Caitlin Williams

Caitlin Williams (Middle East Nonviolence and Democracy - MEND): Caitlin earned a joint degree in Religious Studies and International Relations from Brown University. She worked as a research assistant at the Center for Strategic and International Studies in Washington DC. At the time of her fellowship, Caitlin was studying for a joint degree at the Arab Studies program and Georgetown Law School. After her fellowship, Caitlin wrote: “While I don’t think I did much in the way of real capacity-building at MEND, I do think I have provided much needed temporary help in the office and some real help for the Palestinians that participated in the workshops I helped to organize. The two workshops provided me with an immense amount of satisfaction and a new perspective on nonviolent resistance in Palestine.”

Nonviolence in Gaza – Part 2

28 Jul

Building a nonviolent resistance movement is no easy task. Part of what I learned in Gaza is that we were a building a resistance movement not just against the Israeli occupation, but against a whole host of social pressures and barriers. The nonviolent strategy we were being taught was aimed not just at transforming and ultimately ending the conflict, but also at transforming Palestinian society, so that if and when the conflict ends, the Palestinians have a way in which to move forward and deal with the vacuum that will be left with the withdrawal of the Israeli forces.

We did a number of exercises where we talked about major problems facing Gaza. While the settlements, restriction of movement, and Israeli control of the water were always high on the list, so were domestic violence, favoritism within the PA and discrimination against women. As a group, we began to see these internal problems as almost equal in their importance to the liberation of the Occupied Territories as the Israeli barricades. What struck me very clearly was that cleaning your own house is a key element in resolving conflicts with others.

The method of organization we were learning, consensus decision making, is not always intuitive and conflicts with a number of social norms here. For one thing it challenges notions of authority and hierarchy, since there are no leaders and there is no set chain of command. Instead each person has a function and these functions can change easily depending on the circumstances. For another, all decisions are made with the consent of the whole group. No decision can go forward if one person in the group disagrees with it. While this may seem inefficient at first, in the end I believe it is the best way because it addresses the concerns of everyone and values everyone’s opinion and perspective equally. This then mitigates the number of errors made in the long run. There is also a good amount of flexibility in this organizational structure. Continuous evaluation and revision of plans for the future allow for changes according to the circumstances and since no decision can be made without consensus from the group, all perspectives are heard and any problems are brought to the attention of the group to be dealt with accordingly.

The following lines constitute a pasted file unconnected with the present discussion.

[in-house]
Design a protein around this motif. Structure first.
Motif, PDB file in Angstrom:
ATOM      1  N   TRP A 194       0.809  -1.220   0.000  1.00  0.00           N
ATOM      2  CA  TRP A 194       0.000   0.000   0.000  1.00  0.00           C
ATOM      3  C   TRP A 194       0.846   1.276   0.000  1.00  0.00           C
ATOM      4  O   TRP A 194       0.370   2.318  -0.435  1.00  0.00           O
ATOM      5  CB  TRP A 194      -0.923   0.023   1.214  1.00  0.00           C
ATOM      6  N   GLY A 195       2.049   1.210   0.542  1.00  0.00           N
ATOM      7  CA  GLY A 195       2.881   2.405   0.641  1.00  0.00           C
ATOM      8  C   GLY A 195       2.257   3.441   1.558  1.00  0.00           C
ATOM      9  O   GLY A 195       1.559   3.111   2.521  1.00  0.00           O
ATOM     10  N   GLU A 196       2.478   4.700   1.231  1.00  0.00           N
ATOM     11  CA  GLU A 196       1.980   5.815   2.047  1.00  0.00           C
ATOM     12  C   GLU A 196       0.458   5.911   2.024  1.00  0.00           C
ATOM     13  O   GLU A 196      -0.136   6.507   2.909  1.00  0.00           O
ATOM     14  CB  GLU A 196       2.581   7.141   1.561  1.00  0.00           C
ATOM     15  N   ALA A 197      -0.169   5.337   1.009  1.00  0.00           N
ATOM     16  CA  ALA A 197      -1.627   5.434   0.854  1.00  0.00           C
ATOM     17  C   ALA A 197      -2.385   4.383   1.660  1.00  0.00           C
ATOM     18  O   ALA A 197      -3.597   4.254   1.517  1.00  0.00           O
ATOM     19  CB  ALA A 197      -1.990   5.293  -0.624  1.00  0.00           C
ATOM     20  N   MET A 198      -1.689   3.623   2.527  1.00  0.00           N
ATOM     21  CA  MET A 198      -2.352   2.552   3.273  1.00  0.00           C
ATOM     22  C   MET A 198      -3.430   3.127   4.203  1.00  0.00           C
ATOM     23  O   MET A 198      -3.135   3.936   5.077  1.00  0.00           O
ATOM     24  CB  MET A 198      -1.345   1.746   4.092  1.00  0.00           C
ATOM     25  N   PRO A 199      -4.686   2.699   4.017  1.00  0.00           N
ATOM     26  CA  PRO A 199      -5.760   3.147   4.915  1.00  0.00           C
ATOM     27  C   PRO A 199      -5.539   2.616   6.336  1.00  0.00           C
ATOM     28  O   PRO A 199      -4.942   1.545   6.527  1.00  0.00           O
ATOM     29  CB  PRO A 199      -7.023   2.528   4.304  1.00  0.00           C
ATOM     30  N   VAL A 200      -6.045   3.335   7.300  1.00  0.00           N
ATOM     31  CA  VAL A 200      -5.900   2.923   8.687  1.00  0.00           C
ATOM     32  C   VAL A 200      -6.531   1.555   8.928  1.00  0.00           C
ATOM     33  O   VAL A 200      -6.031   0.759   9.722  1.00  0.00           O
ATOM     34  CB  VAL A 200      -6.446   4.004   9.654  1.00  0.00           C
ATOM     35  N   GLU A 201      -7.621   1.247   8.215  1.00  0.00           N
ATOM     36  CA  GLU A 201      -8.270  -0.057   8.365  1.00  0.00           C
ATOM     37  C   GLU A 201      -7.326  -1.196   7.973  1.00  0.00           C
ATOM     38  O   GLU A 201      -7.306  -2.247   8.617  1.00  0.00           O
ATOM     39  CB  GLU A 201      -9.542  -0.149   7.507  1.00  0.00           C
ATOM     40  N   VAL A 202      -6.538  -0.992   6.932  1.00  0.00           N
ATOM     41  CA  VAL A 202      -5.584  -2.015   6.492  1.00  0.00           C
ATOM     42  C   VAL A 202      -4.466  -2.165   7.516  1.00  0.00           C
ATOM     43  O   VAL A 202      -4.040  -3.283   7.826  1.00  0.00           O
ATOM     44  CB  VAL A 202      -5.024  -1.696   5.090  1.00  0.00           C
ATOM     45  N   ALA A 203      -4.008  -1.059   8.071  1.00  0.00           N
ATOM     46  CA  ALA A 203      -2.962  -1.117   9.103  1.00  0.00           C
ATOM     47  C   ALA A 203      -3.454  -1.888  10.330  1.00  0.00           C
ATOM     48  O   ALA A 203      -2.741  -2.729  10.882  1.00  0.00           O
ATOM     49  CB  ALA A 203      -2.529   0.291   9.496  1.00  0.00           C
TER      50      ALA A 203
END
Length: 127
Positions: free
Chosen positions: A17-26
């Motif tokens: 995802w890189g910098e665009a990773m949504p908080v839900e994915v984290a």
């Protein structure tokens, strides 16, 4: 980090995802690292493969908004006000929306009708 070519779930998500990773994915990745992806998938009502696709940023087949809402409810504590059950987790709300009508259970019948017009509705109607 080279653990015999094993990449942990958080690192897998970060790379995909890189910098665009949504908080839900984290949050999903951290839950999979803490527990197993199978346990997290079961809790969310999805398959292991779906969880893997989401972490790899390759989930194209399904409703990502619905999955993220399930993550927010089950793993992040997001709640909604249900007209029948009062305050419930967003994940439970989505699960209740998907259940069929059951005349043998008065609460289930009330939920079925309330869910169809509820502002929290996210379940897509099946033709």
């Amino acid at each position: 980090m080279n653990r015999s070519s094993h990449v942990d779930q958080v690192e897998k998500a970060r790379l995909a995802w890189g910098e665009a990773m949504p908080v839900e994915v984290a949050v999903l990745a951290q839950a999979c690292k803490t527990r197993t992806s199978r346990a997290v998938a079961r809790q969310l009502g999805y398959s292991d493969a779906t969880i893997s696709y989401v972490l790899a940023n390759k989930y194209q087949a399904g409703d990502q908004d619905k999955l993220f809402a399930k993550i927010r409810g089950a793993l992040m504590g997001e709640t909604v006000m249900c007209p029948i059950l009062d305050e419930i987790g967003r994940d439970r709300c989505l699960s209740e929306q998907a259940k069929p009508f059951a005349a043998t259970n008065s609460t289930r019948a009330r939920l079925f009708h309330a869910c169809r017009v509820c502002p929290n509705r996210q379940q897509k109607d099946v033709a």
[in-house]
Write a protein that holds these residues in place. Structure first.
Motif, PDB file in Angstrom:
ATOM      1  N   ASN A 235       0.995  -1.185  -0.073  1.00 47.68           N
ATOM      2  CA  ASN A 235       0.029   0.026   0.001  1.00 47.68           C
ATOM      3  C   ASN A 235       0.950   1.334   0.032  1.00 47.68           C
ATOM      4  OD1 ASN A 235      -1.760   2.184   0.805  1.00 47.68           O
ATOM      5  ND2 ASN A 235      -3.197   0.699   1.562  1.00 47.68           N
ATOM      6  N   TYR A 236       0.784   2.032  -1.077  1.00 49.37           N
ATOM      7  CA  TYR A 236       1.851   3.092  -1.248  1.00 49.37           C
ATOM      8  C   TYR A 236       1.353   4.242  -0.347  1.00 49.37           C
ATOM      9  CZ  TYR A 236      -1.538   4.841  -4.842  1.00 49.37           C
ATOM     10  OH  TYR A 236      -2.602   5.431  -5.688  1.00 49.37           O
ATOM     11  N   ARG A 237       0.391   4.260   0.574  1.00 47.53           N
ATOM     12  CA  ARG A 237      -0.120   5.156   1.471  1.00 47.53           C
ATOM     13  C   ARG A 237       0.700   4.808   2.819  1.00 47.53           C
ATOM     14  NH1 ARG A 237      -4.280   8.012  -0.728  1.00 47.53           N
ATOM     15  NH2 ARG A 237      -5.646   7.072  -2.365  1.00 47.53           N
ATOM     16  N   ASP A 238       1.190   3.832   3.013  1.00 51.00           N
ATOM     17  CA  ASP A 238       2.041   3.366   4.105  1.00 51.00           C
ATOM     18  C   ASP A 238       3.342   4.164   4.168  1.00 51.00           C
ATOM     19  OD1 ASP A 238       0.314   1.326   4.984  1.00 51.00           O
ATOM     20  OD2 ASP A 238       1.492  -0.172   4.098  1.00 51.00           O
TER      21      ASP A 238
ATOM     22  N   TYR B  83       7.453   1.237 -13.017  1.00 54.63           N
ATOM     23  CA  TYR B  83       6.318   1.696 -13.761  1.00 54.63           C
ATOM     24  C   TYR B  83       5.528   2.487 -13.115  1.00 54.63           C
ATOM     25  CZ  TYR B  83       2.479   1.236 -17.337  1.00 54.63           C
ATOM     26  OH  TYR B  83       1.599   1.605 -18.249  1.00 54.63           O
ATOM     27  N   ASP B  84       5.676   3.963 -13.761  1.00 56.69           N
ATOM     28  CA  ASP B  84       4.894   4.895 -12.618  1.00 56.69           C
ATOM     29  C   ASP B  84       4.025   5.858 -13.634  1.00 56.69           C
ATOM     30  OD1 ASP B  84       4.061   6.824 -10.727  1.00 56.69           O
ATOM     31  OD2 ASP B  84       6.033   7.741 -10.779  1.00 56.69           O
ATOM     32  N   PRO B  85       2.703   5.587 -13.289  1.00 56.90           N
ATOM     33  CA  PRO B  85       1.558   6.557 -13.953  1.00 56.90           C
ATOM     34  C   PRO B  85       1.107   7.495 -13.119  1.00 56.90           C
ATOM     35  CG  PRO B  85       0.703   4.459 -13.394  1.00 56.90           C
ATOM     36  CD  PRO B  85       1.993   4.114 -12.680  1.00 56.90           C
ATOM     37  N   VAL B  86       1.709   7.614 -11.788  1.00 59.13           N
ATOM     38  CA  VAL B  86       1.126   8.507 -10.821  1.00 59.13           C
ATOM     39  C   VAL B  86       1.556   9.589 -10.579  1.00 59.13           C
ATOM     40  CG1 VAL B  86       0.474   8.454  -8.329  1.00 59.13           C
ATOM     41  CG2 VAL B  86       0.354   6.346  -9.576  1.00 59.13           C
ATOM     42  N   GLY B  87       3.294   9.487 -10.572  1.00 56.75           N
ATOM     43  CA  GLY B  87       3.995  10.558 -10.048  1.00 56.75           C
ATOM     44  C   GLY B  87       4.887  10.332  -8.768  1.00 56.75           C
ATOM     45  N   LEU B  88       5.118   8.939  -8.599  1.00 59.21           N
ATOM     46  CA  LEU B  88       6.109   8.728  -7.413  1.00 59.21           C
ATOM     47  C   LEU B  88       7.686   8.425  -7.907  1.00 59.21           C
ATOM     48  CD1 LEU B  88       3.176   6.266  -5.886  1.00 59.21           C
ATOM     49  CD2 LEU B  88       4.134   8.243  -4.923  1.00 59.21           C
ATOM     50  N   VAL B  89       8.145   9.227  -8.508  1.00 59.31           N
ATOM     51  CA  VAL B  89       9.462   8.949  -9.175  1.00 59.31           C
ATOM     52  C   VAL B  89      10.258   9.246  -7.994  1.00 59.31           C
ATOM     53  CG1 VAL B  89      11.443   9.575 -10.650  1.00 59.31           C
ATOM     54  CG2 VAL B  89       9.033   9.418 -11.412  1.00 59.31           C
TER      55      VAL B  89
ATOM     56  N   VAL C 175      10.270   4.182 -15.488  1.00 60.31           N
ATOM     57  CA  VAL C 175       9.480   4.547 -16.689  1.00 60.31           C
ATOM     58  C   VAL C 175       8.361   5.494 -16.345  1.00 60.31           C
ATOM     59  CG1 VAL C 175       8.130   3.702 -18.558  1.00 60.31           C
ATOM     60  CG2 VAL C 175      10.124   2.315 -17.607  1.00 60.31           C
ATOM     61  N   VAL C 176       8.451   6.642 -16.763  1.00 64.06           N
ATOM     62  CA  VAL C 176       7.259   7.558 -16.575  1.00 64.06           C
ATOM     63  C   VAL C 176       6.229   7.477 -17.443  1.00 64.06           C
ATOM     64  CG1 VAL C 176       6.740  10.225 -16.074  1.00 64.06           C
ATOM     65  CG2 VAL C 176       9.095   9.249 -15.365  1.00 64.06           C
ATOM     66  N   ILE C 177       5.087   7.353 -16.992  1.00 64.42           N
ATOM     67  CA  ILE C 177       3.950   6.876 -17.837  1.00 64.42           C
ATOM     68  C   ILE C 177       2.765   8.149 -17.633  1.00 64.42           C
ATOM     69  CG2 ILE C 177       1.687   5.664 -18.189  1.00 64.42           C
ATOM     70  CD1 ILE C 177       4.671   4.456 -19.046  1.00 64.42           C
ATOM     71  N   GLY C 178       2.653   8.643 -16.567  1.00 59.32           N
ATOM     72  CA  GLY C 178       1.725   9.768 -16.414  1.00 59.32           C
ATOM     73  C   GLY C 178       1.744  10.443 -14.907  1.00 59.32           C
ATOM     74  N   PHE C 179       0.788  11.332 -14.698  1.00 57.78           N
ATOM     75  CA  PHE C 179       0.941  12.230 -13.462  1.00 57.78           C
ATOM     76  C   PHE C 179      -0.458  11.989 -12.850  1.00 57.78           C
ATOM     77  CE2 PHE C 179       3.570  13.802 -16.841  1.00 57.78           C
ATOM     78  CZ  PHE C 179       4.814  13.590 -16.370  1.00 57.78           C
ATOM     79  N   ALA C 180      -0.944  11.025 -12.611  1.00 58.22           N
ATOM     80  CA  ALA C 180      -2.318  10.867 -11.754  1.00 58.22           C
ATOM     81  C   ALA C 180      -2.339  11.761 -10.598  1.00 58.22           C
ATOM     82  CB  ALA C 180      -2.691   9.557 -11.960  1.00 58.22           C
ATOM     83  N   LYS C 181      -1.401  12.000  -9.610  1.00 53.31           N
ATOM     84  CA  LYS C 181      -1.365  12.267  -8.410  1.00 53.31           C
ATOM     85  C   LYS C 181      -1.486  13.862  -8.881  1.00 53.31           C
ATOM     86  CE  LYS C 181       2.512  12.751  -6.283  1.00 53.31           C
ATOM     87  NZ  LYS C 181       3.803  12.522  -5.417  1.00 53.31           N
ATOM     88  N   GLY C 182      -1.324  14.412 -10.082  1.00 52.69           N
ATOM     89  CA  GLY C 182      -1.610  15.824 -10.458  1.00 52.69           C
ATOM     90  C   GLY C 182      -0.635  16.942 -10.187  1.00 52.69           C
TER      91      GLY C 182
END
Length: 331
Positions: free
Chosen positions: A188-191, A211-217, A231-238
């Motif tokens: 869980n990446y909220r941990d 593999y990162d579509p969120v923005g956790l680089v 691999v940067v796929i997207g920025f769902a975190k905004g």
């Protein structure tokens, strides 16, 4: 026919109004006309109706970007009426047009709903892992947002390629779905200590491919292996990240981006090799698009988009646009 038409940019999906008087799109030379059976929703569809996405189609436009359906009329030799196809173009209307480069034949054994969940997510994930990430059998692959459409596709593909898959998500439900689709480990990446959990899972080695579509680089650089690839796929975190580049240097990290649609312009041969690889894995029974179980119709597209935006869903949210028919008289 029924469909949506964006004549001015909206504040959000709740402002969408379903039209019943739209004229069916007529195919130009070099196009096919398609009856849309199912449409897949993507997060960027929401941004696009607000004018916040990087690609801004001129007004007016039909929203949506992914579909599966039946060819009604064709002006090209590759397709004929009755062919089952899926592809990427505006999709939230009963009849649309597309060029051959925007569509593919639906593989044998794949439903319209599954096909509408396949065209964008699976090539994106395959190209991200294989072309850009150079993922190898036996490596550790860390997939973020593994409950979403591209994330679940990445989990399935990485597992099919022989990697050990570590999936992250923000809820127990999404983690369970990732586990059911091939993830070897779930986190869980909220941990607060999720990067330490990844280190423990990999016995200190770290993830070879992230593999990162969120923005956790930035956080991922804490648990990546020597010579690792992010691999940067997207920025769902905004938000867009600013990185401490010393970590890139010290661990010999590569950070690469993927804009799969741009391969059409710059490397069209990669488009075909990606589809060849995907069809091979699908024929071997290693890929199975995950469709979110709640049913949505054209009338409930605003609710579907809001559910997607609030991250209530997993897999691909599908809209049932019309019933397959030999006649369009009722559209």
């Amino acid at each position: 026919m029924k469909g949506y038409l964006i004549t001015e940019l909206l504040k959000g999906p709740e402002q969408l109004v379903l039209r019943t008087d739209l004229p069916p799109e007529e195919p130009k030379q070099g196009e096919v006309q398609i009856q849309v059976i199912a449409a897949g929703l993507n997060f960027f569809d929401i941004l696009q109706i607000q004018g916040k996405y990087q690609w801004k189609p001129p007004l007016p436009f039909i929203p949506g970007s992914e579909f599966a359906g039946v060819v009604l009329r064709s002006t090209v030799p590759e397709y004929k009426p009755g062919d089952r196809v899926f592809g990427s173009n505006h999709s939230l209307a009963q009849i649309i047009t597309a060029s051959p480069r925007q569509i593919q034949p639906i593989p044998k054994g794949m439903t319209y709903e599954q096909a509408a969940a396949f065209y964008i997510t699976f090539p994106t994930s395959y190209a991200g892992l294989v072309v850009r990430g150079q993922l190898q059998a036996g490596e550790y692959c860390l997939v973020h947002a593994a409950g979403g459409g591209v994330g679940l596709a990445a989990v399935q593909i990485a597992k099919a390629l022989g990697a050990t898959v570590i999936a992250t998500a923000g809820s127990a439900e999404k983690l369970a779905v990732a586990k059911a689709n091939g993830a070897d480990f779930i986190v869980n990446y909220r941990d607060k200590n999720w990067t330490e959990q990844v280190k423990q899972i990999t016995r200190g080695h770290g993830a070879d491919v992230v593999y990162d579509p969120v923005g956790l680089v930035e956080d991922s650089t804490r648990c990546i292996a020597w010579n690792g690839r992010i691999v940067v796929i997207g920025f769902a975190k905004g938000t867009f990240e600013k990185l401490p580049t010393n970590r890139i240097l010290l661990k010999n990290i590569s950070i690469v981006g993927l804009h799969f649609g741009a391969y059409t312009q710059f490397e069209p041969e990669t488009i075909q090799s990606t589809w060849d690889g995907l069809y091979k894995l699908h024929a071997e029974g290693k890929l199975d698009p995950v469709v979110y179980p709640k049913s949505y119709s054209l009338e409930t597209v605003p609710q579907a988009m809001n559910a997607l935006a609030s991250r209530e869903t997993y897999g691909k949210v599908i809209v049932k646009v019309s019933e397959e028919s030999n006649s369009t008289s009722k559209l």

Perhaps most important, what we were learning within this workshop was to value the other person’s opinion and see the other as human and worthy of respect. Hopefully with enough practice within the safe environment of the group, this attitude will then be extended to our everyday interactions, including with Israelis. In an environment that is so dehumanizing, this, in my opinion, is one of the best methods of resisting any barrier – Israeli or Palestinian – and of empowering the individual. While the buildup of this type of resistance is slow and sometimes painful, I have come to believe it is the best way to bring about real, lasting change.

Posted By Caitlin Williams

Posted Jul 28th, 2003

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